Red Hat has quashed speculation that it was planning a consumer desktop version of Linux to compete with Windows, saying it is focused on enterprise systems and would not be able to make such a product profitably.
"We have no plans to create a traditional desktop product for the consumer market in the foreseeable future," Red Hat's Desktop Team said in a blog report. "As a public, for-profit company, Red Hat must create products and technologies with an eye on the bottom line, and with desktops this is much harder to do than with servers. The desktop market suffers from having one dominant vendor, and some people still perceive that today's Linux desktops simply don't provide a practical alternative."
The post acknowledges that "technically savvy users" see Linux a practical alternative, but says this is not enough to build a sustainable business around the Linux desktop: "History is littered with example efforts that have either failed outright, are stalled or are run as charities."
Analysts and commentators have backed the decision, agreeing that Red Hat is not a consumer company, and getting users to pay for a Linux desktop would be an uphill struggle when Windows is usually bundled with the hardware. "Red Hat has always been about the corporate market, the enterprise market, the server market," said ZDNet.com blogger Dana Blankenhorn. "[Red Hat's] efforts on the desktop have been, essentially, throwaways."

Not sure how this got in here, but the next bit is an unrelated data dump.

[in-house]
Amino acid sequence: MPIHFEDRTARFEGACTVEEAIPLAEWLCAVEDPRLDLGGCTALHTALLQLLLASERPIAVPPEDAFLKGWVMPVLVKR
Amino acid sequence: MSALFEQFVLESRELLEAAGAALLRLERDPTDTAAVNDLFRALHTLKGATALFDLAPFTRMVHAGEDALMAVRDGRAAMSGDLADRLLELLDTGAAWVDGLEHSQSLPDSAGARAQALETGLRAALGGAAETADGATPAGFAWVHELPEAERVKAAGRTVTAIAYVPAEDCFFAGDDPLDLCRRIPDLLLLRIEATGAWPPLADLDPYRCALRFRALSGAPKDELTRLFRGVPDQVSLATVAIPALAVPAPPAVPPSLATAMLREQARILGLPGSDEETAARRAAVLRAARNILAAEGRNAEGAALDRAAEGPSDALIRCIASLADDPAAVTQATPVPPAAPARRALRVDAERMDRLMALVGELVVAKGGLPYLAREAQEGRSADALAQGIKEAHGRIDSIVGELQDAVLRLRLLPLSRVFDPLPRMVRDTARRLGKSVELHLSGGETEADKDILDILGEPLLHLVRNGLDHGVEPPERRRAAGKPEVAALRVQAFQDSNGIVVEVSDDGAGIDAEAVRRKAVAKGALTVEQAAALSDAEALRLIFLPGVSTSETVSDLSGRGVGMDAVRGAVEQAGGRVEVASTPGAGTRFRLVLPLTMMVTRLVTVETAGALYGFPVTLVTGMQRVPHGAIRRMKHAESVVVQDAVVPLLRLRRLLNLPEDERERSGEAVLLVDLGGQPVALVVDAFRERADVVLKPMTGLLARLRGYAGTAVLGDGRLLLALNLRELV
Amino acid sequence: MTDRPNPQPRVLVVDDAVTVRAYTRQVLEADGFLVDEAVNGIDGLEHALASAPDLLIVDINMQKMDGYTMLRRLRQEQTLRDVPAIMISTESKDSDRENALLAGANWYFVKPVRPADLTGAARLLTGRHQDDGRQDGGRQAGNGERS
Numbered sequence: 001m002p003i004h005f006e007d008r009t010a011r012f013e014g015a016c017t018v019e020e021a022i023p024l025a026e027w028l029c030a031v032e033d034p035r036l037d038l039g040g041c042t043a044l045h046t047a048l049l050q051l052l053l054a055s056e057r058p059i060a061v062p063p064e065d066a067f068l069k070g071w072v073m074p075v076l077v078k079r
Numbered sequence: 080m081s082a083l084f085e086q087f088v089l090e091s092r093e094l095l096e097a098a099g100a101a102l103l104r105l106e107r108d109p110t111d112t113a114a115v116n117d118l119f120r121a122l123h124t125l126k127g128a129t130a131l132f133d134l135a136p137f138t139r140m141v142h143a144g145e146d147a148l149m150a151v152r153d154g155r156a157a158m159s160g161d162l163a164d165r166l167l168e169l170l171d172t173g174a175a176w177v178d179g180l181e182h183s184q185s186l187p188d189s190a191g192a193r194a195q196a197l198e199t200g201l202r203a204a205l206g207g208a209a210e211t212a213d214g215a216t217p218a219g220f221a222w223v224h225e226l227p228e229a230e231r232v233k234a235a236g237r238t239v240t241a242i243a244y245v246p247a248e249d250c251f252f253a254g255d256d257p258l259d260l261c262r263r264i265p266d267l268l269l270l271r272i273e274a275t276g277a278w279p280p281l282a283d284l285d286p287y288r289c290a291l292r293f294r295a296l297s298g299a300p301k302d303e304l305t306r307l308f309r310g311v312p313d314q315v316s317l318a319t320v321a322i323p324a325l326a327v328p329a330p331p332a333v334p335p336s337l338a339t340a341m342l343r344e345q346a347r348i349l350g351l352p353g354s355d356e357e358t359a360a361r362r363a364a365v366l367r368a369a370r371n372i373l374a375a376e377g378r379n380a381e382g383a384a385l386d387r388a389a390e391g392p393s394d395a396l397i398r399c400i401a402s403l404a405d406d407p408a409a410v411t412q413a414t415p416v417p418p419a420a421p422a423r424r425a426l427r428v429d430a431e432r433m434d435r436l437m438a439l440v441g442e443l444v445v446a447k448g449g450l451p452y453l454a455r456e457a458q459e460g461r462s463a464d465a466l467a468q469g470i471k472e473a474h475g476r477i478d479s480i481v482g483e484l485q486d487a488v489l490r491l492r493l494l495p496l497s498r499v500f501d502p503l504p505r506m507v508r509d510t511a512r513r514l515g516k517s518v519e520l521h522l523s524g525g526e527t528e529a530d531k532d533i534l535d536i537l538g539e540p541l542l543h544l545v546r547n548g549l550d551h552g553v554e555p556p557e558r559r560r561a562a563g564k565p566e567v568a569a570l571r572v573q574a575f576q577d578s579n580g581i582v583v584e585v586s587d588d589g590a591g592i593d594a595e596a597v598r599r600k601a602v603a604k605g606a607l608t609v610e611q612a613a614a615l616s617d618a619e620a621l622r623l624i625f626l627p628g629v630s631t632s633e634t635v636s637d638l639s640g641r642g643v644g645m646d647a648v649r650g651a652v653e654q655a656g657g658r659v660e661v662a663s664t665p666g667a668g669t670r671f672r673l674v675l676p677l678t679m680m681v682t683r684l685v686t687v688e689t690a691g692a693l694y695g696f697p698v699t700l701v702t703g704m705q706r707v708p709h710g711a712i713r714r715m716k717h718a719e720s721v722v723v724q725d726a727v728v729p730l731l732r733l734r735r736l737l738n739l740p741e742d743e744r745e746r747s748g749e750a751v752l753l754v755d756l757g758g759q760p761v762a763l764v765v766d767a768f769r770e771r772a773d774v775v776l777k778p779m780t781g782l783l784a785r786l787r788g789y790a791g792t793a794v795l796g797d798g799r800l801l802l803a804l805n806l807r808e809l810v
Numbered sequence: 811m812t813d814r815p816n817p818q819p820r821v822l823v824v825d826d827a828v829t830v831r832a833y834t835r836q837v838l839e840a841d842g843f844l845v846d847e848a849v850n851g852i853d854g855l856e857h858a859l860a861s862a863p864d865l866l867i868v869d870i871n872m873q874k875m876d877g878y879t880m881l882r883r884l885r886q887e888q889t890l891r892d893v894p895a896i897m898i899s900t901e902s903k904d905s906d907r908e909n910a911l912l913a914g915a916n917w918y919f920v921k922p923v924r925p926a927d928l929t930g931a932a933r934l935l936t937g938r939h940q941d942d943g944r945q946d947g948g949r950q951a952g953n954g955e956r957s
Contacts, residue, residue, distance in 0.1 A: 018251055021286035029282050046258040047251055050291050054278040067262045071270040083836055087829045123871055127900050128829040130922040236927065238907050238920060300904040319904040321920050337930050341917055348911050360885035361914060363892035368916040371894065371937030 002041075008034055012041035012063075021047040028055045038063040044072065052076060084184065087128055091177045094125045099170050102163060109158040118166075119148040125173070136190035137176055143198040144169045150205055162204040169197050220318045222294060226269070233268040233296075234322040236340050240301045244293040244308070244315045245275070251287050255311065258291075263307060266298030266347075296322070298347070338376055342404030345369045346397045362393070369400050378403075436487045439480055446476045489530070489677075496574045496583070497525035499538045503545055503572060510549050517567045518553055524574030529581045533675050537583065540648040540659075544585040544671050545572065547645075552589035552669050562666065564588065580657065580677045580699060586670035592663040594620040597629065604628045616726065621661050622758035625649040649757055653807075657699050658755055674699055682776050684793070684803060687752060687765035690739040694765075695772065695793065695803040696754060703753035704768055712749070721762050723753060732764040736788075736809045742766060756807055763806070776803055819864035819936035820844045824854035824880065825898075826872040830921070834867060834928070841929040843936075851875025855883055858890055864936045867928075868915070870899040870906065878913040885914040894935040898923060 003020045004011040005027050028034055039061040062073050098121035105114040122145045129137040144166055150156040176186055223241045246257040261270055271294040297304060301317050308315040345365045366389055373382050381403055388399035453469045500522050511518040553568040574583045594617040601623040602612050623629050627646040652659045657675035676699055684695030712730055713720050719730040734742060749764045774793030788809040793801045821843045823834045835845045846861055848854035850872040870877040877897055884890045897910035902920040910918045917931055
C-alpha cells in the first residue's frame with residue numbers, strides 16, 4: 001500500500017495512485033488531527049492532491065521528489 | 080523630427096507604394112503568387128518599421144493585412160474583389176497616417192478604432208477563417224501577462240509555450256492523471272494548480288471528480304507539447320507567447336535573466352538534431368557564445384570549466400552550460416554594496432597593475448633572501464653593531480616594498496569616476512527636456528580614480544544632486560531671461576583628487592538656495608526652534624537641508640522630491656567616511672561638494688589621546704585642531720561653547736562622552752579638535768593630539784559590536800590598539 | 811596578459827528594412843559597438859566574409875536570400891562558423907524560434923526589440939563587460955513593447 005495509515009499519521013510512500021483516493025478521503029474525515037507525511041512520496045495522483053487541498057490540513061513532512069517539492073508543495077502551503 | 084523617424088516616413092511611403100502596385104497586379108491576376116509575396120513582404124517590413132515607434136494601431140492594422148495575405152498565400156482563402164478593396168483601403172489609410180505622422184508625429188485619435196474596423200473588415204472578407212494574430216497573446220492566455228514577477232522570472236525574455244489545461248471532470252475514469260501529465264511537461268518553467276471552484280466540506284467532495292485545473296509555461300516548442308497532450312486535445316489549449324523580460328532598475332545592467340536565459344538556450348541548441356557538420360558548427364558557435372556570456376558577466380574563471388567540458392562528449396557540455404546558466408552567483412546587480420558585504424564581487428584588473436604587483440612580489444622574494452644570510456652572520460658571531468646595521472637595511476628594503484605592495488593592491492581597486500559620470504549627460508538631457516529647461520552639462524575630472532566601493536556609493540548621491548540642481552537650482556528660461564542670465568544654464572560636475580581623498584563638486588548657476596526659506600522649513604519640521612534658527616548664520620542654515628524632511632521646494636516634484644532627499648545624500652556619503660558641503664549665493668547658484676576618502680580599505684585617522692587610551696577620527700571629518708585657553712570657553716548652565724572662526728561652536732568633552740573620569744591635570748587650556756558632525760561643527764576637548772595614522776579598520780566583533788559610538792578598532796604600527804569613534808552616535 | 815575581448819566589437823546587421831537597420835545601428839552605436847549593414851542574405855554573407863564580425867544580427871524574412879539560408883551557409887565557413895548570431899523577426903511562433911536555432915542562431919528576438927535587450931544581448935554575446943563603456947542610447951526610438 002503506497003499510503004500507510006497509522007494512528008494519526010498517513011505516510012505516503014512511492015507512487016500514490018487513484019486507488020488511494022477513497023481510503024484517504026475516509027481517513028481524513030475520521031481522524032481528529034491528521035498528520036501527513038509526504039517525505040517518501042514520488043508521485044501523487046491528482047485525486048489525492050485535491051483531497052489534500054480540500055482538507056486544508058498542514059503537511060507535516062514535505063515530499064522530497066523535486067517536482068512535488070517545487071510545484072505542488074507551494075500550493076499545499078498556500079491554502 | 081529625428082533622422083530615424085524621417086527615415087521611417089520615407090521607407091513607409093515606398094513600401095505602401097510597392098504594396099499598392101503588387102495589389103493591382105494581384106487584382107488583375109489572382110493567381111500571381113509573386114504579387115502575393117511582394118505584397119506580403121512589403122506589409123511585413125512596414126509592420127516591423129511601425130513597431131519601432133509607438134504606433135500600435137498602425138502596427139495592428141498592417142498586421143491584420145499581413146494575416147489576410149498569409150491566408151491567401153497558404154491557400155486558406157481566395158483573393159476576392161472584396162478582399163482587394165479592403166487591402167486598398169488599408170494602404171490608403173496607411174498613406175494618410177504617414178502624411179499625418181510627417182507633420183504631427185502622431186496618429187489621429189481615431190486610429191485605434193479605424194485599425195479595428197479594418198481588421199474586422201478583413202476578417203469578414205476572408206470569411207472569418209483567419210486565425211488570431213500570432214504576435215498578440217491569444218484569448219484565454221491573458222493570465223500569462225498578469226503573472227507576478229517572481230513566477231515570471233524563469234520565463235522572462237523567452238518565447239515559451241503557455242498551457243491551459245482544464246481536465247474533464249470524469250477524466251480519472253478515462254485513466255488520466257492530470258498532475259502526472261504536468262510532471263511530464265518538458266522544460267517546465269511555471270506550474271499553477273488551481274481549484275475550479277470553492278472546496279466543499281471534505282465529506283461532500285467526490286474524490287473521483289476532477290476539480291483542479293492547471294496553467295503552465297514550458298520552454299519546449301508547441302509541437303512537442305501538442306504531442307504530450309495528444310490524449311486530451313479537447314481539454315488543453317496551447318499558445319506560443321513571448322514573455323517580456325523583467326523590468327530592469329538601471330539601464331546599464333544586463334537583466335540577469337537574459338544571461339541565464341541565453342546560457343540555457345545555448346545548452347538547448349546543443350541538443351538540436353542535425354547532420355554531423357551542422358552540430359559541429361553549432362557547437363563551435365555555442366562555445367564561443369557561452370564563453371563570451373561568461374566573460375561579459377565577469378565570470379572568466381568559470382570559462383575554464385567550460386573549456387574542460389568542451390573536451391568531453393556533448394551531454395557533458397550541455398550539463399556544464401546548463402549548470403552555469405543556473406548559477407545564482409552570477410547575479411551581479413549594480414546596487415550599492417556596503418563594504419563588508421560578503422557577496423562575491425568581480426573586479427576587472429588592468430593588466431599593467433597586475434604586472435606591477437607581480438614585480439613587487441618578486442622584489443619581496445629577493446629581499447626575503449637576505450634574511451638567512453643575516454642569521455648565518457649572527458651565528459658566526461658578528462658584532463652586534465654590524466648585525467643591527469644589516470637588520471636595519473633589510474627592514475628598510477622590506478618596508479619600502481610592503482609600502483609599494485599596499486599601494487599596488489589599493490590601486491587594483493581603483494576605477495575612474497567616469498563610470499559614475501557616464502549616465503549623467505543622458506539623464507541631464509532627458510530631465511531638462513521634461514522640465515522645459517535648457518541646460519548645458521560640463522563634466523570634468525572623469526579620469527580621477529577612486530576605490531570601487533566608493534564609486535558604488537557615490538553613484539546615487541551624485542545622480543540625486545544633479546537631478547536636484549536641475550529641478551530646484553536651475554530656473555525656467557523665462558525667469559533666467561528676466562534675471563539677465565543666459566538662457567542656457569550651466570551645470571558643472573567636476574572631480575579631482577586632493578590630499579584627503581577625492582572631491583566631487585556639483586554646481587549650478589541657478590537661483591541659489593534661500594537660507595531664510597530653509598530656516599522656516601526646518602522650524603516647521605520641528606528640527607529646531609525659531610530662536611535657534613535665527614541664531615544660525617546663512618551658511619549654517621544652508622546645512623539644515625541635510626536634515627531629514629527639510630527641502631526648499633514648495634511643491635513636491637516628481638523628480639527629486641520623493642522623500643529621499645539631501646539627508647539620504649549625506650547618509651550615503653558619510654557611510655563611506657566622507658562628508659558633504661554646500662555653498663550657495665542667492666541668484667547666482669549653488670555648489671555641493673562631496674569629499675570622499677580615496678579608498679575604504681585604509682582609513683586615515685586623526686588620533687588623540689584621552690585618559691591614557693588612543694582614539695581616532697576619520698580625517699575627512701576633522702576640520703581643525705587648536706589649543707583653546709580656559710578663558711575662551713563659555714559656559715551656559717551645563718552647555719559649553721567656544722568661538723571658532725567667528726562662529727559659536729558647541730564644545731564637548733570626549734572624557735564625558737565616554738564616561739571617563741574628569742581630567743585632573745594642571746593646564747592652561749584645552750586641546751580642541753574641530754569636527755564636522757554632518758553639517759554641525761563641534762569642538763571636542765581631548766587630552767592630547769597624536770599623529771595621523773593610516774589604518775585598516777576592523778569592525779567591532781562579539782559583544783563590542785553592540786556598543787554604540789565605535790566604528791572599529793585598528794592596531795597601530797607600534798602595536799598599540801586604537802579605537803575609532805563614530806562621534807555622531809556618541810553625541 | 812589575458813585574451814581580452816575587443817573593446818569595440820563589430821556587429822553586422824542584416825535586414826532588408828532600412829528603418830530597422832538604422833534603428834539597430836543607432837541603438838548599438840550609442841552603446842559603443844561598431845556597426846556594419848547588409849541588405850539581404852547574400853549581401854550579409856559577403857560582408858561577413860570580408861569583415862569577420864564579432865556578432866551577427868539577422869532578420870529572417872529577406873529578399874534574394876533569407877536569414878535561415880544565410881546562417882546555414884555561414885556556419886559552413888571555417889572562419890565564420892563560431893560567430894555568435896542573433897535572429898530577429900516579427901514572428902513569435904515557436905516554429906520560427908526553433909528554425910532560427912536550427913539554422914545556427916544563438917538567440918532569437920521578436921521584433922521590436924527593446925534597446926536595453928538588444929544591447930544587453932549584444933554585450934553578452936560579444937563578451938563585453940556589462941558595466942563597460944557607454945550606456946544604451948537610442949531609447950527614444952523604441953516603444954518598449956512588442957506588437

The company's decision to stay away from the consumer desktop is less about Microsoft's dominance there than about Ubuntu, which is the leading challenger in that space, Blankenhorn said. "I don't know why this needs repeating. Linux is not like Windows. It's not one company. It's an ecosystem. Everyone does what they're best at, and that's how it works," he argued. "Anyone who has read anything about open source for any length of time understands Ubuntu's commitment to the desktop, and its dominance of that portion of the Linux market."
Although it's not working on a consumer desktop, it is planning a product for Intel resellers to ship in emerging markets, which will be called Red Hat Global Desktop. Apart from this, its main desktop focus will be its commercial, supported Enterprise Linux Desktop, as well as the free unsupported Fedora desktop.
Novell has also indicated it will leave consumer desktops alone for now. "The market for the desktop for the next three to five years is mainly enterprise-related," Novell chief executive Ron Hovsepian said in an interview quoted on PC World.com. Novell also offers a free desktop Linux for consumer use, alongside an enteprise Linux desktop.